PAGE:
Discussion for "How to contribute to the openHAB Documentation"

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I wanted to adjust a typo. So this may have been something you call “small change”. But “HowTo contribute a small change?” has not been a question itself for me while thinking about howto make my first change.

presets when i started:

  • GitHub user present
  • never used GitHub before, only similar tools a while ago. So i have an idea, what issue, pull request, fork, branch etc. is, but don’t know exactly.
  • no knowledge about type of use and processes of the openHAB community

While reading the doc in question, i realized a typo. And i realized before, that there is a link to GitHub at the end of every doc page. So i selected “Edit this page on GitHub”. After logging into GoitHub as requested the original file (well: copy of as i learnedlater) of the doc was shown to me and i was able to edit it.

At the end of the form on GitHub i found this:
So fill in a short and a long description and fire off the proposal.

My questions before pressing the button so:

  • is the given text for the short decription is ok/enough?
  • long description seemed clear to me: cleanup typo
  • what happens when i select “Propose changes”? Sure: my change will be presented to someone who will decide to accept it for the offical docs or not. Quite obvious.
  • after pressing the button i was told, that a local fork had been created and i got an error message (which i was told before by Jerome).
    a) do i have to take care of the fork? Maybe just delete it? When?
    b) DCO error. Oh yes - i had been told of that one. But what does it mean? google “github dco” was my friend.

What i want to make a point on is: the question “big or small” change to the doc never arose. It was more like: “What do i have to do after having selected “Edit this page on GitHub” in one of the docs?”. And “What is the following process and what do i have to take care about?”.

All this is not a big deal. It’s a usecase when someone thinks “i should correct this in the doc” while while reading it.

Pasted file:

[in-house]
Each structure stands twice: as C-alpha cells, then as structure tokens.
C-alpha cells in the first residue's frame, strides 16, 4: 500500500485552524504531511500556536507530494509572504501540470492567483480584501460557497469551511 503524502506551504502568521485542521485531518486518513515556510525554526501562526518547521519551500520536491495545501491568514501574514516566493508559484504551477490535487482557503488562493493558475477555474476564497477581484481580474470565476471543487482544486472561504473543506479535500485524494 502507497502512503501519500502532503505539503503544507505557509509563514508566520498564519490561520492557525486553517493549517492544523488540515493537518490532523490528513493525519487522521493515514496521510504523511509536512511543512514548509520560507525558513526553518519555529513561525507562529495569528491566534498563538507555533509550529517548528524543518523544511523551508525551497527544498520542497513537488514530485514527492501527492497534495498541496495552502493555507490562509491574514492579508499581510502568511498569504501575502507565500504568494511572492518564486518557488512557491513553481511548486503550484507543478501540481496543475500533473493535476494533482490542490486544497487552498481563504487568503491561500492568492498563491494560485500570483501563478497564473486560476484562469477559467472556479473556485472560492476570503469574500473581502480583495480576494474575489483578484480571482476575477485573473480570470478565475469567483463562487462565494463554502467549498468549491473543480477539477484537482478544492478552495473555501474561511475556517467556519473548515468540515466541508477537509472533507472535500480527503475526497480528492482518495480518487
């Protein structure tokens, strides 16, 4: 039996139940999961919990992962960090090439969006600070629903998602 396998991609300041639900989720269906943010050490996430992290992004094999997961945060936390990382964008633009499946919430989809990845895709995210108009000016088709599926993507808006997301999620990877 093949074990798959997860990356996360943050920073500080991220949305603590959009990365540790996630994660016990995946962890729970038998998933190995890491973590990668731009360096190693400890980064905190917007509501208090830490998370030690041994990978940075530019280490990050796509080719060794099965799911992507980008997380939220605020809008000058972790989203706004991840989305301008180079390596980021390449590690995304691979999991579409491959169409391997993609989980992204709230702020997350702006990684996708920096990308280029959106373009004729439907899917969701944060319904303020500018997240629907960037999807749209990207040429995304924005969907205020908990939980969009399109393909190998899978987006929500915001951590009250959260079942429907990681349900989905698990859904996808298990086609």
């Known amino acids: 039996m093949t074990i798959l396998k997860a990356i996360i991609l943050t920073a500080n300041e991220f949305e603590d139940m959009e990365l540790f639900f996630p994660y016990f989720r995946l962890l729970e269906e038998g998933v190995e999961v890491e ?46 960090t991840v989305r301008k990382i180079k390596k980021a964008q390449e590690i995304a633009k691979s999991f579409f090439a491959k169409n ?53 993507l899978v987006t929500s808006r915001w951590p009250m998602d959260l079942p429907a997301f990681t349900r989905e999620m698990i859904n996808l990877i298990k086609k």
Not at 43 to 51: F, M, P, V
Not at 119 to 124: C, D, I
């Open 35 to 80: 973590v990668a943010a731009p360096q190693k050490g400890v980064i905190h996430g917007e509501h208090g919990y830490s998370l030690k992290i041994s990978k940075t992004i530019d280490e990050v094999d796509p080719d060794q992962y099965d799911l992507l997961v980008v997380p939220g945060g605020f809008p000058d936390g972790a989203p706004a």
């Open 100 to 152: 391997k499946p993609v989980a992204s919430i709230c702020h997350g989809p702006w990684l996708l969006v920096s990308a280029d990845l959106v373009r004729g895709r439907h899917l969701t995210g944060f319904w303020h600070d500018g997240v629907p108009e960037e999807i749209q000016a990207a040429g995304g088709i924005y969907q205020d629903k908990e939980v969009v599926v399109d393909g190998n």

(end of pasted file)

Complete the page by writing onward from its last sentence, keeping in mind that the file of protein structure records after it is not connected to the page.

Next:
From other viewpoints looking at small and big changes totally makes sense.

EDIT: did some cleanup of my terrible artile. Sorry to previous readers.

Totally right and we will never cover the situation that someone just uses the edit link.
We have to guide manually then, which is totally fine for us.
We decided to add these links, to encourage user in contributing.

In fact i would call about 98% of changes done via “edit this file on github” small changes and thats what i am aiming for the contents of that wiki part.
I would like to have this par as explanation for everyone reading here first, but also as something to copy it over via link to a user who has already started a pull request and has questions aside.

Somethign like a “Thank’s we will get this merged and here is some background for your questions.”

Also quoting @Dibbler42 here to ask him for some proofreading and feedback, since he suggeested it.

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I just read Rich’s article about filing an issue. My questions are answered there, as stated also here.

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Fantastic tutorial! Thanks for positing it. I’ve nothing to add. It’s great!

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I have extended the small/large changes part now.
Probably i am able to finish the first post today.
Proofreading already welcome.

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Thank you for working on that article. Some feedback from me:

I miss a “to” in this sentence in the original version:

Right now while the rest is missing, i don’t understand, what “that” refers to:

Which informations about what? Maybe it becomes clearer when you had the chance to write more, but i’m not shure.

Thanks for the feedback @yab i have added the to this was a typo indeed.

I have also moved the subsections a bit down and rewrote that sentence you quoted so it will become clearer hopefully.

Finished the first post from my side and will now start with the specific posts about small and large changes.


In had a first look at
# What happens when i proposed my contribution?


shorten/delete emphasized?:


An other typo in What happens when i proposed my contribution?:

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Thanks for the documentation already! Although not all parts are finished yet, it did help me a lot already.

In respond on your post in the other topic about API tokens:

Since the part of visual studio was not ready yet, used the website of visual studio to read how to install the GitHub extensions and start loading the documentation part.
Perhaps it helps for inspiration: Working with GitHub in Visual Studio Code

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Thanks for the input. :slight_smile:

About the vscode docs you have linked:
I would call this already “advanced”.
It provides some nice funtionality on top, but it has most benefits when you have understand the fundamentals of git already.

I would explain a simple approach for the vscode part.
VSCode brings git support in standard without any extension needed and that should fit for the average contributions in first step.

Typo fixed. Thanks :+1: